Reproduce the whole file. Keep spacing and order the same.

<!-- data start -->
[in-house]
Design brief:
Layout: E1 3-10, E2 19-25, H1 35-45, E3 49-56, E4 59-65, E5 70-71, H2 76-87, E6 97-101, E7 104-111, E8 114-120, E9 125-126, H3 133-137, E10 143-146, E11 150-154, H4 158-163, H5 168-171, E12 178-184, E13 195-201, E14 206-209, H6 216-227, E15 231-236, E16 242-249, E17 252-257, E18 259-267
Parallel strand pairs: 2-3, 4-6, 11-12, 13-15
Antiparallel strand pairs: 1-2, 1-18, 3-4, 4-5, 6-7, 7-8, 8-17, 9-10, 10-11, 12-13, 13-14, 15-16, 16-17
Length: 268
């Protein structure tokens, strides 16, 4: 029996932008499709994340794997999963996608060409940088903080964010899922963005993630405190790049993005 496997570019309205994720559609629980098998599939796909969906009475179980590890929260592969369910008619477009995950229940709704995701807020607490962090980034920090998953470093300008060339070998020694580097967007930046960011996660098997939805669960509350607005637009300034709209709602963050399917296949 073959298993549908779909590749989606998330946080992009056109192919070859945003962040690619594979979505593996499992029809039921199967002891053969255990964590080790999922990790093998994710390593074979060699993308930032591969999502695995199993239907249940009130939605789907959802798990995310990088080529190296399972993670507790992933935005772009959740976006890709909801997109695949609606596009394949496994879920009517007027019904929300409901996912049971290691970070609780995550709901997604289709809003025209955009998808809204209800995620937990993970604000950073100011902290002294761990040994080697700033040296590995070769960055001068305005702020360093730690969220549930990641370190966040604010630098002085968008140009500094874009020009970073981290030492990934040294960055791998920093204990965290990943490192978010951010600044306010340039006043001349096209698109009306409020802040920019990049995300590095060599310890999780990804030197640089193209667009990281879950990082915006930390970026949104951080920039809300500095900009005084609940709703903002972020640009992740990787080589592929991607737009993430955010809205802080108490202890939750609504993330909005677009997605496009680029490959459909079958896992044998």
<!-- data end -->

[in-house]
Design brief:
Layout: E1 3-10, E2 19-25, H1 35-45, E3 49-56, E4 59-65, E5 70-71, H2 76-87, E6 97-101, E7 104-111, E8 114-120, E9 125-126, H3 133-137, E10 143-146, E11 150-154, H4 158-163, H5 168-171, E12 178-184, E13 195-201, E14 206-209, H6 216-227, E15 231-236, E16 242-249, E17 252-257, E18 259-267
Parallel strand pairs: 2-3, 4-6, 11-12, 13-15
Antiparallel strand pairs: 1-2, 1-18, 3-4, 4-5, 6-7, 7-8, 8-17, 9-10, 10-11, 12-13, 13-14, 15-16, 16-17
Length: 268
């Protein structure tokens, strides 16, 4: 029996932008499709994340794997999963996608060409940088903080964010899922963005993630405190790049993005 496997570019309205994720559609629980098998599939796909969906009475179980590890929260592969369910008619477009995950229940709704995701807020607490962090980034920090998953470093300008060339070998020694580097967007930046960011996660098997939805669960509350607005637009300034709209709602963050399917296949 073959298993549908779909590749989606998330946080992009056109192919070859945003962040690619594979979505593996499992029809039921199967002891053969255990964590080790999922990790093998994710390593074979060699993308930032591969999502695995199993239907249940009130939605789907959802798990995310990088080529190296399972993670507790992933935005772009959740976006890709909801997109695949609606596009394949496994879920009517007027019904929300409901996912049971290691970070609780995550709901997604289709809003025209955009998808809204209800995620937990993970604000950073100011902290002294761990040994080697700033040296590995070769960055001068305005702020360093730690969220549930990641370190966040604010630098002085968008140009500094874009020009970073981290030492990934040294960055791998920093204990965290990943490192978010951010600044306010340039006043001349096209698109009306409020802040920019990049995300590095060599310890999780990804030197640089193209667009990281879950990082915006930390970026949104951080920039809300500095900009005084609940709703903002972020640009992740990787080589592929991607737009993430955010809205802080108490202890939750609504993330909005677009997605496009680029490959459909079958896992044998």